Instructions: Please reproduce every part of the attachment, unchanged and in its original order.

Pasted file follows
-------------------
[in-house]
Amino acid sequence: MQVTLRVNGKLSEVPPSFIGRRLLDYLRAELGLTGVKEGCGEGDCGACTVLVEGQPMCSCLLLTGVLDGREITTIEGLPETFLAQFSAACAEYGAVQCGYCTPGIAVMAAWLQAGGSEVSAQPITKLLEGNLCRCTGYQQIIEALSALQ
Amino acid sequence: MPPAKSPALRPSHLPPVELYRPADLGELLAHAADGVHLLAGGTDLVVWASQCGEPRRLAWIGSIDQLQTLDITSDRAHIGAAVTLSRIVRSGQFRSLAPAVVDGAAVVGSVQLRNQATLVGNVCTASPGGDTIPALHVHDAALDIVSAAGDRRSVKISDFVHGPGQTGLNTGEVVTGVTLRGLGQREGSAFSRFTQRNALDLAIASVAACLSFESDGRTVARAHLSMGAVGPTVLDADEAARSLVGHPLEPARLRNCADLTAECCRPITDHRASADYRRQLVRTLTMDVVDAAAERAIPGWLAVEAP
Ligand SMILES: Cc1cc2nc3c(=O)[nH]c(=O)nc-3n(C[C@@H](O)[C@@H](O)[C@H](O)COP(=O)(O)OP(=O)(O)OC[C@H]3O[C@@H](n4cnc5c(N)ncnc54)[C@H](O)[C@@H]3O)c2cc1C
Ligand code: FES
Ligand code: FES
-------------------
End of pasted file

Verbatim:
[in-house]
Amino acid sequence: MQVTLRVNGKLSEVPPSFIGRRLLDYLRAELGLTGVKEGCGEGDCGACTVLVEGQPMCSCLLLTGVLDGREITTIEGLPETFLAQFSAACAEYGAVQCGYCTPGIAVMAAWLQAGGSEVSAQPITKLLEGNLCRCTGYQQIIEALSALQ
Amino acid sequence: MPPAKSPALRPSHLPPVELYRPADLGELLAHAADGVHLLAGGTDLVVWASQCGEPRRLAWIGSIDQLQTLDITSDRAHIGAAVTLSRIVRSGQFRSLAPAVVDGAAVVGSVQLRNQATLVGNVCTASPGGDTIPALHVHDAALDIVSAAGDRRSVKISDFVHGPGQTGLNTGEVVTGVTLRGLGQREGSAFSRFTQRNALDLAIASVAACLSFESDGRTVARAHLSMGAVGPTVLDADEAARSLVGHPLEPARLRNCADLTAECCRPITDHRASADYRRQLVRTLTMDVVDAAAERAIPGWLAVEAP
Ligand SMILES: Cc1cc2nc3c(=O)[nH]c(=O)nc-3n(C[C@@H](O)[C@@H](O)[C@H](O)COP(=O)(O)OP(=O)(O)OC[C@H]3O[C@@H](n4cnc5c(N)ncnc54)[C@H](O)[C@@H]3O)c2cc1C
Ligand code: FES
Ligand code: FES